Settlers in the West Bank have secured state support to renew archaeological excavations in Tel Rumeida, a site believed to be the location of biblical Hebron which lies in the heart of the modern-day divided city.
Archaeologists from Ariel University and the Israel Antiquities Authority began excavating the site Sunday, the Haaretz daily reported on Thursday morning.
By the end of 2014, the Hebron residents hope to turn the site into a new archaeological park and tourist attraction near the Jewish settlement in the city, at a cost of NIS 7 million to be funded jointly by the Culture Ministry and the Civil Administration.
According to the report, the settlers contacted several prominent Israeli archaeologists over a period of several months in hopes that they would agree to supervise the Tel Rumeida project, but they refused.
In the end, a team of archaeologists led by Emanuel Eisenberg of the Israel Antiquities Authority and David Ben-Shlomo of Ariel University agreed to oversee the excavation work, the likes of which has not been carried out in the area since the 1990s.
Hebron, which has a large Palestinian population and a small Jewish neighborhood near the Tomb of the Patriarchs, sits at the heart of Israeli Palestinian conflict. The city is the site of frequent clashes between Jews and Palestinians and has seen a number of high-profile disputes of property ownership.
Though the Tel Rumeida site is Jewish-owned, a Palestinian family used to live on the site and till the land as protected tenants up until the Second Intifada in the early 2000s, when they were prohibited from farming, Haaretz said.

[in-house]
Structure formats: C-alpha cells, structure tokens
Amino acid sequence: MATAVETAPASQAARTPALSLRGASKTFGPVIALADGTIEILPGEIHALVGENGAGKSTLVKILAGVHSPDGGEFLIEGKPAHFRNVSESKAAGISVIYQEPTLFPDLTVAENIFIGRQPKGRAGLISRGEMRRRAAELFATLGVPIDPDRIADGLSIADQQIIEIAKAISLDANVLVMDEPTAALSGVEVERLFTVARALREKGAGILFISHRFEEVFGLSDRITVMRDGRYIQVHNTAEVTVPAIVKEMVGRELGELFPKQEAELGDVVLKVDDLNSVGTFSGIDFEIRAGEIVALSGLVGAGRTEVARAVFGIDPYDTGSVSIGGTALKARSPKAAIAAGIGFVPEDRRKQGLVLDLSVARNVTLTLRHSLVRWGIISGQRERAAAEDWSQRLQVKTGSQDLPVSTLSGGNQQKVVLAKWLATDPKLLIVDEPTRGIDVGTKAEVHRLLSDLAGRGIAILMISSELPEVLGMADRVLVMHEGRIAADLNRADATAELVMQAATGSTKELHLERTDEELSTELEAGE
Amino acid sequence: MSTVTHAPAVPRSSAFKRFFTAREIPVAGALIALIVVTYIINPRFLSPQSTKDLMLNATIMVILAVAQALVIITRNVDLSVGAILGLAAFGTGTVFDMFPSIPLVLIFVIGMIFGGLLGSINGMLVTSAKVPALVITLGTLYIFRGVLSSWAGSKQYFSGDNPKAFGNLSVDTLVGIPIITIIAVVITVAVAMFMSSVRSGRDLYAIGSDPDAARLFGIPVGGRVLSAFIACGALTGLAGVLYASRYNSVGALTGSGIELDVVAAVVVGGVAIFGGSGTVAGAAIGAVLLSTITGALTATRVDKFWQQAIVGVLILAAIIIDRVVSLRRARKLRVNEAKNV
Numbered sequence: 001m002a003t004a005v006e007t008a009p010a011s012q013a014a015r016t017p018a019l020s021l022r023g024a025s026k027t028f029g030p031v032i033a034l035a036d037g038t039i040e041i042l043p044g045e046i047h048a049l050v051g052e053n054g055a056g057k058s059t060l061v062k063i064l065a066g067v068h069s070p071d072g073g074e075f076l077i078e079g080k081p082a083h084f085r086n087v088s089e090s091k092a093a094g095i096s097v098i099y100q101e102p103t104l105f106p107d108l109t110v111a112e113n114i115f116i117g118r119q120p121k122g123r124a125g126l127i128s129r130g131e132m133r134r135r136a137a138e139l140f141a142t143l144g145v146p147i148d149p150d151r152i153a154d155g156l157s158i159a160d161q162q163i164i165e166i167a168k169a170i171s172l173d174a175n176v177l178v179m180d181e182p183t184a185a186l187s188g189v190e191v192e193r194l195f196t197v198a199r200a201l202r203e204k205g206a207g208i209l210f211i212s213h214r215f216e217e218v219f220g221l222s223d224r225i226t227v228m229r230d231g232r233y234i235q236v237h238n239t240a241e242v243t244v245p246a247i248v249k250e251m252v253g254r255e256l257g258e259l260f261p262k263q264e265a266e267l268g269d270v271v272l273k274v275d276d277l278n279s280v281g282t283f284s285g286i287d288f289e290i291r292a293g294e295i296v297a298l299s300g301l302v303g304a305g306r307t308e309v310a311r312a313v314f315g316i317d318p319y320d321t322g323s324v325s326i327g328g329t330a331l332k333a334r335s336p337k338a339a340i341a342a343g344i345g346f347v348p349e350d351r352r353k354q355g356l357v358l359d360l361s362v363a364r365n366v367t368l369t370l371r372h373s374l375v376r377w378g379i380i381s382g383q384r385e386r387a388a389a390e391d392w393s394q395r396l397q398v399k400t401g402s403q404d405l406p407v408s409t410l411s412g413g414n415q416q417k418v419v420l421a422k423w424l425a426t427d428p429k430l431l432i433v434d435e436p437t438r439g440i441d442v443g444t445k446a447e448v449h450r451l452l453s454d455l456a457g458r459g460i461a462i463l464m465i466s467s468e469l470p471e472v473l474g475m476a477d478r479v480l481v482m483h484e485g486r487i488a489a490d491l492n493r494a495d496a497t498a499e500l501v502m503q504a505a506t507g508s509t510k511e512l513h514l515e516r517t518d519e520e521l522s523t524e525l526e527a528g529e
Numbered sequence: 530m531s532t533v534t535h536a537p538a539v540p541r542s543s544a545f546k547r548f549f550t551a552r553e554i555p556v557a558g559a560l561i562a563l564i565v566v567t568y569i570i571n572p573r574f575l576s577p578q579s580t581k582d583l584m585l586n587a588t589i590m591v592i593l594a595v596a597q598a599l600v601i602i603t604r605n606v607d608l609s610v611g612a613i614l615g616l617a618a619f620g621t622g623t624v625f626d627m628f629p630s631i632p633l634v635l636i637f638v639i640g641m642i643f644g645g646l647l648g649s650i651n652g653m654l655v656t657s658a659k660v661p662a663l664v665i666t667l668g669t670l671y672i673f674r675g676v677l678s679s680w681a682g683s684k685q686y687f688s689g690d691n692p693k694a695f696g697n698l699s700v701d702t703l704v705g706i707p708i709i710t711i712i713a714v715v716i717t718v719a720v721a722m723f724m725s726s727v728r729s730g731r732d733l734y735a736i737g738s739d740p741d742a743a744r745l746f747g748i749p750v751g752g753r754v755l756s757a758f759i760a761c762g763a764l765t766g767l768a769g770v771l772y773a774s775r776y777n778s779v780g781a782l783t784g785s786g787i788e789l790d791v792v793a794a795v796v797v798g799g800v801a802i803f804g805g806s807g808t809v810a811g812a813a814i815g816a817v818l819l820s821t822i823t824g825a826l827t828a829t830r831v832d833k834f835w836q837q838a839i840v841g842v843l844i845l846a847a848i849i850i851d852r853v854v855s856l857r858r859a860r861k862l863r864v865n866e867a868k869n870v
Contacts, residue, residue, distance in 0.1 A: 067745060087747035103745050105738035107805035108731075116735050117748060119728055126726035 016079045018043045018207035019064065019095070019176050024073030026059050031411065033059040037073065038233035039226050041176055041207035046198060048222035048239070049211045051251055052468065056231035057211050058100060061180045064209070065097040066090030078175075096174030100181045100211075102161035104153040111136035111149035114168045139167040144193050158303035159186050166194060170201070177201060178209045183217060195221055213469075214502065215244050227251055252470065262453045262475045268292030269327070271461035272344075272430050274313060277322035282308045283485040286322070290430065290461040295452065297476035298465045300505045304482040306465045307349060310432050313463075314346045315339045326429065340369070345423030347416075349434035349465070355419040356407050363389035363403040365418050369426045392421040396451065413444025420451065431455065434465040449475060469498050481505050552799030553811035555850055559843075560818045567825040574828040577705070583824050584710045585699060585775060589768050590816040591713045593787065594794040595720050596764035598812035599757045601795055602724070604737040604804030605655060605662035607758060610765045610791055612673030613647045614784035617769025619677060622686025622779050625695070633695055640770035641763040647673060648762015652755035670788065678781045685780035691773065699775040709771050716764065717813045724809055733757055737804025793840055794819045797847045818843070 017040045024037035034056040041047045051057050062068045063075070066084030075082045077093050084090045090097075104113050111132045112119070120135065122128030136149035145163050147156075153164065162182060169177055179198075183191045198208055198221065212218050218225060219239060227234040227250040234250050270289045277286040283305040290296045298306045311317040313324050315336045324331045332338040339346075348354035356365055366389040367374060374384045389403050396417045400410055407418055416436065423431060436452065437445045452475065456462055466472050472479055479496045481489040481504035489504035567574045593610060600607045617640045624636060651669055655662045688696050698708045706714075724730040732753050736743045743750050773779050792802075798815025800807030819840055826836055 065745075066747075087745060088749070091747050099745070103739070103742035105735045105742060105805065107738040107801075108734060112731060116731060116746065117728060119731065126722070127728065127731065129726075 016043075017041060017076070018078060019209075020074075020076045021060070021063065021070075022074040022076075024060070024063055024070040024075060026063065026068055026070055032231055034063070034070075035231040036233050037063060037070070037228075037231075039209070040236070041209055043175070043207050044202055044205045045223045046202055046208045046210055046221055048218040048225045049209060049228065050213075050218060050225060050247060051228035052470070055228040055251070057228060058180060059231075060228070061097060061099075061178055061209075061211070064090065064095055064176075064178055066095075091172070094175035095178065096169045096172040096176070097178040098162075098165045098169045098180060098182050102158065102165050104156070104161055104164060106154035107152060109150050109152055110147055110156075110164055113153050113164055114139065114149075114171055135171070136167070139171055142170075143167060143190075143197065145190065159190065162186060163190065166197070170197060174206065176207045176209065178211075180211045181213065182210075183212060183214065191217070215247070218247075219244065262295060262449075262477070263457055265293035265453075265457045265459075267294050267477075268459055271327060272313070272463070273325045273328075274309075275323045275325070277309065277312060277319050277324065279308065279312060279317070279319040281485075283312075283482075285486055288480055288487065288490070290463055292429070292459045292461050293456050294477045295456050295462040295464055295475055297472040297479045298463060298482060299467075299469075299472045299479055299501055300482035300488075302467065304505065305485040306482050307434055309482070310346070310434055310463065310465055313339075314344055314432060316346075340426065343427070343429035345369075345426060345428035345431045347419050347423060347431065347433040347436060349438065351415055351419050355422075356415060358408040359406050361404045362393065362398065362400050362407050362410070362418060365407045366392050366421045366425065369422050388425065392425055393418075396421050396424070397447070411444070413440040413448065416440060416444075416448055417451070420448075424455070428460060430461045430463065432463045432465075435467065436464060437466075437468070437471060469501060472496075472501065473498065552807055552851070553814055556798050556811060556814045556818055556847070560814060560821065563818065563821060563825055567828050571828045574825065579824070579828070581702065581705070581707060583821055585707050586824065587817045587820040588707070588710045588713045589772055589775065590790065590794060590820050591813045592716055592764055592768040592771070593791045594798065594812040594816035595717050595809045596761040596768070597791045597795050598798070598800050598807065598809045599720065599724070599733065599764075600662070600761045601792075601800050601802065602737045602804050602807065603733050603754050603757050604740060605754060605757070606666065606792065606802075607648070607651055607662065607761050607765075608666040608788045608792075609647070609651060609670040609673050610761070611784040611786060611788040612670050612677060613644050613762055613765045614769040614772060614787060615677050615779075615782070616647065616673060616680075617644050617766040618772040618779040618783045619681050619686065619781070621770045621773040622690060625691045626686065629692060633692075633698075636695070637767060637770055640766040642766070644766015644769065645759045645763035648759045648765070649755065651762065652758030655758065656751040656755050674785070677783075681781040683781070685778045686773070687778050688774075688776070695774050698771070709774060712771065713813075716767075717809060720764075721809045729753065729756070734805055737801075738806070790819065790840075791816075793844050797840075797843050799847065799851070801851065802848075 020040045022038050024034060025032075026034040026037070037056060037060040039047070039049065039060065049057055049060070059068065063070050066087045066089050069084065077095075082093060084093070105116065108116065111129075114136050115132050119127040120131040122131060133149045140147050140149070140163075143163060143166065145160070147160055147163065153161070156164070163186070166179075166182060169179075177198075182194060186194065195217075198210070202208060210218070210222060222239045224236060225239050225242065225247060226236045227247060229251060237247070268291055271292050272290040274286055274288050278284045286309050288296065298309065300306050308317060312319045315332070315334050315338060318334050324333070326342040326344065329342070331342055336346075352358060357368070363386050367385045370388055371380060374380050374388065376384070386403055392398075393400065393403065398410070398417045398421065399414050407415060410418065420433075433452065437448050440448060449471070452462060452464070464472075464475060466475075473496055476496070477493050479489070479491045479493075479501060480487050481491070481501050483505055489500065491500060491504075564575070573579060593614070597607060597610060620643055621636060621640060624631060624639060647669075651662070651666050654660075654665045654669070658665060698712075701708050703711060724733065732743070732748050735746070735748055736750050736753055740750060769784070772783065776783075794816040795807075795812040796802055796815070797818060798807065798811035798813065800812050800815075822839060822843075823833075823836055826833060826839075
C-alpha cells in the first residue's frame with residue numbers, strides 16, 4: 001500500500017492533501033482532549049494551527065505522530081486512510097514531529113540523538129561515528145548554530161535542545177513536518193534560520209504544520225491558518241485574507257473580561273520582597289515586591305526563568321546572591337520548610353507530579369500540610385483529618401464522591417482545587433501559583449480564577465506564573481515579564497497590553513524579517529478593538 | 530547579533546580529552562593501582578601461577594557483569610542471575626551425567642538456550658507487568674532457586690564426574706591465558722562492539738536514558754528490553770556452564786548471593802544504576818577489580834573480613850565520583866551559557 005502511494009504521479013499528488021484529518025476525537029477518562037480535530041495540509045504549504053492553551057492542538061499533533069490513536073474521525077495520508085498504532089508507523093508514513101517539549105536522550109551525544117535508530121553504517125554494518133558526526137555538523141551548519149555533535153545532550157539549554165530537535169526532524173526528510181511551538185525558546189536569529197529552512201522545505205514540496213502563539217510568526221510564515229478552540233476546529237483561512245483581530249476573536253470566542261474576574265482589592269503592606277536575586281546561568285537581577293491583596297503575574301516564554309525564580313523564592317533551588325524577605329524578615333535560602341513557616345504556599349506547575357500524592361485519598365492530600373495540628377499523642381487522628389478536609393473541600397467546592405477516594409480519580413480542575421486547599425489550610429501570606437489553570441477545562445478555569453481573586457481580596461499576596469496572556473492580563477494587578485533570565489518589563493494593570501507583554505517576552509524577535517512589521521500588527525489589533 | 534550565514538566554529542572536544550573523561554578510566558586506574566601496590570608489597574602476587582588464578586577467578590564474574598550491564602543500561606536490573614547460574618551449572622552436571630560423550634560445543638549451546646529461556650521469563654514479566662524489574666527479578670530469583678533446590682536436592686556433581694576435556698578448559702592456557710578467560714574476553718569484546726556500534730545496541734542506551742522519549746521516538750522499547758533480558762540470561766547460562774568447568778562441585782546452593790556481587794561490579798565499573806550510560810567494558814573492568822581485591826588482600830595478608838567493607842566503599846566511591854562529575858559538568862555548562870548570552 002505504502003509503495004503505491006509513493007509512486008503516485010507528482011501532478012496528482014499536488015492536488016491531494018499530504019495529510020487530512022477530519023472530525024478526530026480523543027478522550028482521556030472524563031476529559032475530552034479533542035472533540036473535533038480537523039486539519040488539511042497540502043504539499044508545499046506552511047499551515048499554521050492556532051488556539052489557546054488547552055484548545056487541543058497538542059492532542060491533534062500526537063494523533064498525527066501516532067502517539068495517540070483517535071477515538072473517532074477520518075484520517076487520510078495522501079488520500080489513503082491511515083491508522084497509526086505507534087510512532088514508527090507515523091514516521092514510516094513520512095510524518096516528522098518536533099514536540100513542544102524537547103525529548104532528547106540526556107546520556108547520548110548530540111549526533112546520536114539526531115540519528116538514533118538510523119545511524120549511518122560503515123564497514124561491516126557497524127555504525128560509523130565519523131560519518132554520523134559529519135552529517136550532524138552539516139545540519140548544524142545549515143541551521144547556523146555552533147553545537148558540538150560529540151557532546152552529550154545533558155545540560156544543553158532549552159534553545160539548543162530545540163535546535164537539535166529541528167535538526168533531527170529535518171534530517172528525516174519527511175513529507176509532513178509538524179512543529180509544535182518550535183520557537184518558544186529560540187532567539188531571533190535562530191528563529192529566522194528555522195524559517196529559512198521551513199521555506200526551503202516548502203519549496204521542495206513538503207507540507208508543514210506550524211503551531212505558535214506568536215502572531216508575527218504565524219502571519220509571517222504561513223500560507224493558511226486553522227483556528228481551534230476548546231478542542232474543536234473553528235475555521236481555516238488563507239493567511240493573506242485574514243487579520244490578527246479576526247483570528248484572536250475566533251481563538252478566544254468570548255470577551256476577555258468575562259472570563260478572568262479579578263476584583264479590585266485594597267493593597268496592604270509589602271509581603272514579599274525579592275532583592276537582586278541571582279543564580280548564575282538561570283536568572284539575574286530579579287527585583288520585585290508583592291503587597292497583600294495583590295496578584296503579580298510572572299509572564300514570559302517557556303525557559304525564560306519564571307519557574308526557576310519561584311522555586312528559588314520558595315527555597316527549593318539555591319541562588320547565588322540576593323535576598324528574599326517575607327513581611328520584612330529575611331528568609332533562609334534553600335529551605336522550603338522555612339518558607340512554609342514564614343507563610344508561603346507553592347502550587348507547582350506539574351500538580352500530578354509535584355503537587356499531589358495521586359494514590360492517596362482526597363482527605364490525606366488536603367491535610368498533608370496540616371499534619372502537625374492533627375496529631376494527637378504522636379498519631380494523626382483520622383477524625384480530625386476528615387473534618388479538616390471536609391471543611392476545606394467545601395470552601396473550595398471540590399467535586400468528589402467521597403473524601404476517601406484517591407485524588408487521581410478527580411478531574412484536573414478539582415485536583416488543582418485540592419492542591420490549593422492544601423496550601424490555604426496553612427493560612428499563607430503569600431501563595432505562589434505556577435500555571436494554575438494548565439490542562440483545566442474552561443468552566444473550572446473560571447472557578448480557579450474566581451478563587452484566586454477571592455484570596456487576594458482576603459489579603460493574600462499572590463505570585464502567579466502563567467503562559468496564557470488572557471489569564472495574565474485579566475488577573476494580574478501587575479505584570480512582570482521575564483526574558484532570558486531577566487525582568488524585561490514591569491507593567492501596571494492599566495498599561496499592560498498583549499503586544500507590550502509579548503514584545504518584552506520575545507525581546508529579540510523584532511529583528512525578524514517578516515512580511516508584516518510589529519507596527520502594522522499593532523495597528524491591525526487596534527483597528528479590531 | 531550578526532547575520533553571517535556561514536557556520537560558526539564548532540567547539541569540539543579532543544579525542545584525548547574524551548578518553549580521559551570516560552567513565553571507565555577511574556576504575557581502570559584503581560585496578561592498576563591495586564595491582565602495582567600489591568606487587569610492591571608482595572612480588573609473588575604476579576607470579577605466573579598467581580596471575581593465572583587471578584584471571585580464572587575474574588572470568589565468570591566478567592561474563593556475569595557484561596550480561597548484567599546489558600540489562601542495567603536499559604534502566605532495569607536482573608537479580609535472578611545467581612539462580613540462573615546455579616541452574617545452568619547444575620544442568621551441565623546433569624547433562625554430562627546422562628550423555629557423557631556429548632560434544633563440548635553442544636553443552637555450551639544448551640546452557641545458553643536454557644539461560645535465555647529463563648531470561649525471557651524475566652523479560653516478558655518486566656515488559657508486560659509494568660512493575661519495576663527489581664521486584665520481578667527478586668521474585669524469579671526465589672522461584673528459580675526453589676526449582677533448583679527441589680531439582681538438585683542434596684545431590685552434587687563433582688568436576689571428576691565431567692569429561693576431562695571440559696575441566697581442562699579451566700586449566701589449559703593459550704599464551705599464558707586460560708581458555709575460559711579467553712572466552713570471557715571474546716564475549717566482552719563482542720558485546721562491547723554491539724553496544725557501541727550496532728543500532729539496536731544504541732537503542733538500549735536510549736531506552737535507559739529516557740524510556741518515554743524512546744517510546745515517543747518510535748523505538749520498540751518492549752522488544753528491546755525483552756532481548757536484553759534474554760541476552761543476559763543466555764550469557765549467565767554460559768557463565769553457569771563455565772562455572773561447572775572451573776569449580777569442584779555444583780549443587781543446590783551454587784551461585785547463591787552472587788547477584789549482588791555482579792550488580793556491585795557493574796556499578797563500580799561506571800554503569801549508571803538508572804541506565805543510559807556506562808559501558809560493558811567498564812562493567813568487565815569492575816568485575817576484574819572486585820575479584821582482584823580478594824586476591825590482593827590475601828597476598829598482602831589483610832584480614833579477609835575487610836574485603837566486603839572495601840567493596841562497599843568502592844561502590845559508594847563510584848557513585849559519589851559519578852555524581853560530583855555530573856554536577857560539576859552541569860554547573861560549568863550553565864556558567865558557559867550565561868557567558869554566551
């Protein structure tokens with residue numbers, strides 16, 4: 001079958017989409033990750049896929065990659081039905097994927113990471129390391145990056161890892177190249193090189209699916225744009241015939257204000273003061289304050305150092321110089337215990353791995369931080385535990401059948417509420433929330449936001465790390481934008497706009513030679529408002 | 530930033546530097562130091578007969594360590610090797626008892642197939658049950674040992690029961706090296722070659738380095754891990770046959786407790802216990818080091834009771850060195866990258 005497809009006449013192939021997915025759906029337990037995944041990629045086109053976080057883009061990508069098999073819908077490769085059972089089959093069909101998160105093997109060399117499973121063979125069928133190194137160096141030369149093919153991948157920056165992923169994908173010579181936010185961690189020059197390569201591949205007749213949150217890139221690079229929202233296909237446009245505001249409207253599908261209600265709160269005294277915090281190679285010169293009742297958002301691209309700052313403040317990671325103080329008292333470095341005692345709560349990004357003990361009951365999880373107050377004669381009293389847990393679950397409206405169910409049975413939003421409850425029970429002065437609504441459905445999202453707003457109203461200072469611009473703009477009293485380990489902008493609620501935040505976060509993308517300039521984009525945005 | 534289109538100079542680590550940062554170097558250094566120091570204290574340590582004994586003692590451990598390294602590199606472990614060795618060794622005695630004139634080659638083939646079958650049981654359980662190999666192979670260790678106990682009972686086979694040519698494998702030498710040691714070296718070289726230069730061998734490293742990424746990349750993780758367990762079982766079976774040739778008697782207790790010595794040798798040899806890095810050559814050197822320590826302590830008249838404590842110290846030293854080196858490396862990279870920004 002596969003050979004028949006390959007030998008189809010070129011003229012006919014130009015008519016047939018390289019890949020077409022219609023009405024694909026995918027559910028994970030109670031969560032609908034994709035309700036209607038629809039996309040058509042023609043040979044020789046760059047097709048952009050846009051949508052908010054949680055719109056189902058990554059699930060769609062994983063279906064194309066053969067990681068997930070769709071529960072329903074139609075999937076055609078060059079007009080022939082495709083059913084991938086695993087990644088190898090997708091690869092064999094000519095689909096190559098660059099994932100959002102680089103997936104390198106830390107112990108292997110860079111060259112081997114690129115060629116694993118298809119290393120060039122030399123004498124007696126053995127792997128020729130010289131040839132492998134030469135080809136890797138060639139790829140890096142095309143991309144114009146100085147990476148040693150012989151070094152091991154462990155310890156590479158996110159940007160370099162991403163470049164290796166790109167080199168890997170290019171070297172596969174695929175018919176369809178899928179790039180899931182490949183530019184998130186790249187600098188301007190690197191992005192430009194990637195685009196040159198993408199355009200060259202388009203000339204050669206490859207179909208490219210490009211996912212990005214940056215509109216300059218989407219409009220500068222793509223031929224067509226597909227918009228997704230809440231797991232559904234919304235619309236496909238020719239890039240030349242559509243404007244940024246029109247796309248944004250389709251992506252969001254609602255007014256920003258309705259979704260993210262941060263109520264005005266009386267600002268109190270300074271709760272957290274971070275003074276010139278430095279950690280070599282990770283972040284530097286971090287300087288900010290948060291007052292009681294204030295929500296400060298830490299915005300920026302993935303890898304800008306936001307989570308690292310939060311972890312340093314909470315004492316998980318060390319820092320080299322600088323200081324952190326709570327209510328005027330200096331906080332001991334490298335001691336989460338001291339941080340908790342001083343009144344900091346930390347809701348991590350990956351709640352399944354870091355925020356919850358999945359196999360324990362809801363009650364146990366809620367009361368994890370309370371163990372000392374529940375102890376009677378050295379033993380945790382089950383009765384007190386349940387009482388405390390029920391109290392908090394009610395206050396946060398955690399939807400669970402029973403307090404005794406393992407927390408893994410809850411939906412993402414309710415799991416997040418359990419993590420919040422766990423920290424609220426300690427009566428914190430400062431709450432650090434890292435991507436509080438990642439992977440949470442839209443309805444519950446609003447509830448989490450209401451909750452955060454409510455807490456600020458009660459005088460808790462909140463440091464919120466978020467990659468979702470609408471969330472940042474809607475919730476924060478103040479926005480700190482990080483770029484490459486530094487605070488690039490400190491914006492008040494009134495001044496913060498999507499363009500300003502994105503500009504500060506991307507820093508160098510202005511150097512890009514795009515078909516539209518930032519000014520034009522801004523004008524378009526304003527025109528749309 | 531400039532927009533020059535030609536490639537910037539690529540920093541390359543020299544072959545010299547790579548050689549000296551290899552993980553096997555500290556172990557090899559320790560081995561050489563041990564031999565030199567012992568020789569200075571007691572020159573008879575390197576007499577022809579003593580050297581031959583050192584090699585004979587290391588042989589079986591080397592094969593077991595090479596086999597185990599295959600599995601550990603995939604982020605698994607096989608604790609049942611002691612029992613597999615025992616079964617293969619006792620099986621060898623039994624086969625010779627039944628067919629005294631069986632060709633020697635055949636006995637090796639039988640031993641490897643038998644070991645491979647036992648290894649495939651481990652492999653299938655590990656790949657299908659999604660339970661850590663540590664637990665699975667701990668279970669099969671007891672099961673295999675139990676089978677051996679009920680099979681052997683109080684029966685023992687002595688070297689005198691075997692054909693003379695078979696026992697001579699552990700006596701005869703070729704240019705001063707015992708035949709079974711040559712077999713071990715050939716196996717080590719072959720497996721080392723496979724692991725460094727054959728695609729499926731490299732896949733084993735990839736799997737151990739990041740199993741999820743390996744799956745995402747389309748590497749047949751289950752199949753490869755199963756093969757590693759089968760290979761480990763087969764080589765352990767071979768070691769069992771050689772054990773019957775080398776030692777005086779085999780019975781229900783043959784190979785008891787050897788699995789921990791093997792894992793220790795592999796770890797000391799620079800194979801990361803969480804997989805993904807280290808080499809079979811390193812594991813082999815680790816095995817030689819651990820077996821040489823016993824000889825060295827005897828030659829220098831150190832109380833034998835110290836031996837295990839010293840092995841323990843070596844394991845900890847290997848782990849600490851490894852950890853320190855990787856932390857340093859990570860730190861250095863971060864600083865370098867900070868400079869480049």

A spokesperson for the Jewish community in Hebron, Noam Arnon, told the newspaper that while the original initiative had come from the settlers, they were not involved in the excavations.
“All professional decisions will be made by the Israel Antiquities Authority,” Arnon was quoted as saying.
Left-wing organizations were quick to protest the move, which comes as tensions in the West Bank escalate daily.
“This is settlement expansion under the guise of archaeology,” Peace Now director-general Yariv Oppenheimer told Haaretz in response to the move. “Under US Secretary of State John Kerry’s nose, Defense Minister [Moshe Ya’alon] is enabling the settlers to expand and change the status quo in the most sensitive part of the West Bank.”
The Hebron-based Youth Against Settlements also charged that work was being done for a new outpost, noting that a mobile home had been placed on the site, the Palestinian Ma’an news agency reported.
The Israel Antiquities Authority did not address the political aspect of the excavation project, saying only that as Israel’s leading archaeological institution, it was equipped to carry out such a large-scale dig.
The Civil Administration, meanwhile, told Haaretz that it habitually undertakes maintenance and restoration projects in archaeological sites throughout the West Bank, “regardless of the future of these sites in any future agreement.”
The area has been the site of frequent tensions between Palestinians and Israelis.
On Thursday morning, Palestinians threw three Molotov cocktails at an Israeli bus traveling through the southern West Bank.
The incident took place near the Palestinian town of Halhul on Route 60, leading from Gush Etzion to Hebron. There were no injuries.
Over the weekend, Palestinians threw four Molotov cocktails and stones at Israeli vehicles south of Jerusalem. No injuries were reported, but damaged was inflicted to one of the cars. The incidents took place near the West Bank village of Husan, west of Bethlehem.